Two toddlers found unattended, unharmed along East Broadway - Quincy Herald-Whig | Illinois & Missouri News, Sports

'It could have been really bad': Motorists help rescue two toddlers playing with toy shovel along Ill. 104

Posted: Updated:

By DAVID ADAM
Herald-Whig Staff Writer

Two small boys found playing unattended on Ill. 104 late Friday morning were rescued by passing motorists, and they later were transferred to the custody of the Department of Children and Family Services.

Annette Bruns, a salesperson with Shottenkirk Toyota, said she was with a customer from Missouri who was driving east on Ill. 104 test-driving a truck at about 11 a.m. when they saw the boys near a grassy area on the south side of the highway, about 20 feet east of the entrance of the Royal Oaks Mobile Home Park, 6800 Broadway.

Bruns said the oldest boy had nothing on but a diaper, and the youngest boy was wearing zip-up pajamas with footies over his diaper.

Sgt. Dale Holt with the Adams County Sheriff's Department said the boys are brothers.

"One of them had a plastic snow shovel, banging it on the curb, and he was standing on Broadway in the lane of traffic closest to the curb," Bruns said.

Bruns said the customer moved to the left eastbound lane, parked the car and turned on the hazard lights. A woman pulled up in the right eastbound lane and stopped her car, as well.

"I jumped out, and I don't remember which one I grabbed first, but the other one thought it was a game and took off running," Bruns said. "I was wearing a bright red jacket, and I'm sure I was making enough of a commotion out there that all of the traffic was stopping both ways."

Bruns corralled the two boys and kept them in the grassy area on the south side of Ill. 104, and the woman whose car was blocking the second lane of eastbound traffic called 911. Kevin Douglas, a sheriff's department deputy, arrived on the scene about 10 minutes later, and he asked Bruns to keep an eye on the children while he scanned the mobile home park to find their parents.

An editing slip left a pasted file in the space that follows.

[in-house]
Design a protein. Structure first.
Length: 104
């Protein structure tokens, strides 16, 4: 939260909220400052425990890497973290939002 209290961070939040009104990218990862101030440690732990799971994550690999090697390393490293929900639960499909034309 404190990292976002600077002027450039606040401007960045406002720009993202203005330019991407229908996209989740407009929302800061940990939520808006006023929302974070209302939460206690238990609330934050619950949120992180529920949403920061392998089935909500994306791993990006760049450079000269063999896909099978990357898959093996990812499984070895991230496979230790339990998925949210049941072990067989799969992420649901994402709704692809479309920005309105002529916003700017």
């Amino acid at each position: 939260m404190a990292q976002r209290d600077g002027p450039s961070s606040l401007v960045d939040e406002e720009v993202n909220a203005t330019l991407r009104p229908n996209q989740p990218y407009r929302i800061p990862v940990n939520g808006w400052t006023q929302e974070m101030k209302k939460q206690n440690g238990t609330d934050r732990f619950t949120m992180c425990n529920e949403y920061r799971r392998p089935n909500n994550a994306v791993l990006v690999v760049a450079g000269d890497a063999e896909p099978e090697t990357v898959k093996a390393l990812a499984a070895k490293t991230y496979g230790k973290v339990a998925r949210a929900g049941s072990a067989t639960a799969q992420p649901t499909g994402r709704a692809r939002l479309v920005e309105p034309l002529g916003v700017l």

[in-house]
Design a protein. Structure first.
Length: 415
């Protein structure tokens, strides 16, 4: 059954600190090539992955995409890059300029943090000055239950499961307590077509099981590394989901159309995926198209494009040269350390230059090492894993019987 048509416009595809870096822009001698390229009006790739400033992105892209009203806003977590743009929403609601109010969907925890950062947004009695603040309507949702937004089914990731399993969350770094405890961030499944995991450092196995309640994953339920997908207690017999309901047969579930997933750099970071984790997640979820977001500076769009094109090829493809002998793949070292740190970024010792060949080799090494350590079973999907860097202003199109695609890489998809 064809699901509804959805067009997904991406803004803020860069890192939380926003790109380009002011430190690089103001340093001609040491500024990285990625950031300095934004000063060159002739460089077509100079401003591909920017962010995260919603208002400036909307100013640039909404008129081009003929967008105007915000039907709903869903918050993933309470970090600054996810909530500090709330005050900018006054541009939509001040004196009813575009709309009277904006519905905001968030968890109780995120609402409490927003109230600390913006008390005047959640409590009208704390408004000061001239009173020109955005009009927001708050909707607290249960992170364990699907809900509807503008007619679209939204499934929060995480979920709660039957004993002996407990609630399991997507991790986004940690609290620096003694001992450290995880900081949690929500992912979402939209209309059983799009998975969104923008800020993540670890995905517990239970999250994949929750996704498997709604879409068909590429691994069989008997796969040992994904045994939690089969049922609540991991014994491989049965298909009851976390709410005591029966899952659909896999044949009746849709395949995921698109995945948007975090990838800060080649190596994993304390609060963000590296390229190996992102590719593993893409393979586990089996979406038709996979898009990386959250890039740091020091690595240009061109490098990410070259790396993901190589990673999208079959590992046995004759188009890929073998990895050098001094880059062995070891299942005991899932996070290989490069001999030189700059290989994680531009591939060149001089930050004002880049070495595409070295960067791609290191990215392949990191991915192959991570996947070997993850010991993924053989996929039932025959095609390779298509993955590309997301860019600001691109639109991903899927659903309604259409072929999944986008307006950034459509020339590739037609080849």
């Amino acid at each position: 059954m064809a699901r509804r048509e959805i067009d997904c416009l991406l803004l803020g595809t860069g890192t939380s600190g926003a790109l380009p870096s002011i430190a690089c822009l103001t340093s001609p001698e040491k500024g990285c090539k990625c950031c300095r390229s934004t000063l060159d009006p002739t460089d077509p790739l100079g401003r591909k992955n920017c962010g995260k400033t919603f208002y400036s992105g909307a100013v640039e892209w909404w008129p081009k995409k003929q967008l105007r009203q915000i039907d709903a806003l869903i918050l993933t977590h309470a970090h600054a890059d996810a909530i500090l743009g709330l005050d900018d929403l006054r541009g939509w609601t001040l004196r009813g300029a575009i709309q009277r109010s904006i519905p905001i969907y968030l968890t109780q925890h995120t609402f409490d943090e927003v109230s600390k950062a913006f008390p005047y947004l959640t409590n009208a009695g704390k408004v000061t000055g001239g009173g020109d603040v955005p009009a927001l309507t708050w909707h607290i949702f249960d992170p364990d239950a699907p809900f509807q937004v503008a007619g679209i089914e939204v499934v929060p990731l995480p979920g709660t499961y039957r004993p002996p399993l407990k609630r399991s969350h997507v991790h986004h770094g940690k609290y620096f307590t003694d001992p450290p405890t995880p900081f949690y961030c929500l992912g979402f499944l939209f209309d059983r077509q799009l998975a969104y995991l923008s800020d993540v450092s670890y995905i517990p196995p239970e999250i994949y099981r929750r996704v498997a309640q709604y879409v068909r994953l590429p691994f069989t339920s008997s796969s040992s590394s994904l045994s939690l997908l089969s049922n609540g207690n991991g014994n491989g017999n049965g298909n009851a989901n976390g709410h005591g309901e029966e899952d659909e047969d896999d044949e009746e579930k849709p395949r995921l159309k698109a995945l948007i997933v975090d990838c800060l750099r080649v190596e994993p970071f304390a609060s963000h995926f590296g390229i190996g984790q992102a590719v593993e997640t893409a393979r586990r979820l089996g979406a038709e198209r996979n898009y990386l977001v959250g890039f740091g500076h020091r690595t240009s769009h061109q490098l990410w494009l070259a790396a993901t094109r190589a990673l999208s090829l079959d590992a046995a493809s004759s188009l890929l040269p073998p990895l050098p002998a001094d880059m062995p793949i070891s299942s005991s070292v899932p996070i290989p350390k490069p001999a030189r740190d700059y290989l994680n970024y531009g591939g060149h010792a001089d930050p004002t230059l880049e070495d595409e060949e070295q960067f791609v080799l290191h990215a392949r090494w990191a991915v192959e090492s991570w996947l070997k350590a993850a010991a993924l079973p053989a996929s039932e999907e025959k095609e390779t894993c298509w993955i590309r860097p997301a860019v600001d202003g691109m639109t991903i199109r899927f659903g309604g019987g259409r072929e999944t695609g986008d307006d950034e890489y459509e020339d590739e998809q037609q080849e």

Deputies said it took nearly an hour to locate the parents.

The ages of the children have not been disclosed.

"They were absolutely darling," Bruns said. "They were cute, but they were filthy."

The other woman helping at the scene retrieved a blanket from her car for the boy wearing nothing but a diaper. Bruns called for a van used to shuttle customers at Shottenkirk Toyota to come to the scene, and the boys played inside for a while.

"They were just as content as could be," she said. "I tried to get them to play with me and asked the oldest boy his name, and he just laughed. They weren't scared of us. They were just happy little kids."

Investigators were on the scene for about an hour before the parents were found. The kids had been momentarily taken from the scene in a sheriff's department squad car when the parents arrived.

"The parents came up to us," Holt said. "Their father said he had looked around and couldn't find them, and when he came outside, he didn't even know (law enforcement was) there."

Holt said the parents of the children do not live in the mobile home park but were staying with a family that owns a home in the northern section of park.

No arrests have been made. Holt said the investigation has been turned over to DCFS.

"I didn't do anything that anyone else wouldn't have done," Bruns said. "When I think back about it, my heart is still pounding.

"Can you imagine? These kids were babies. It could have been really bad."

 —dadam@whig.com/221-3376

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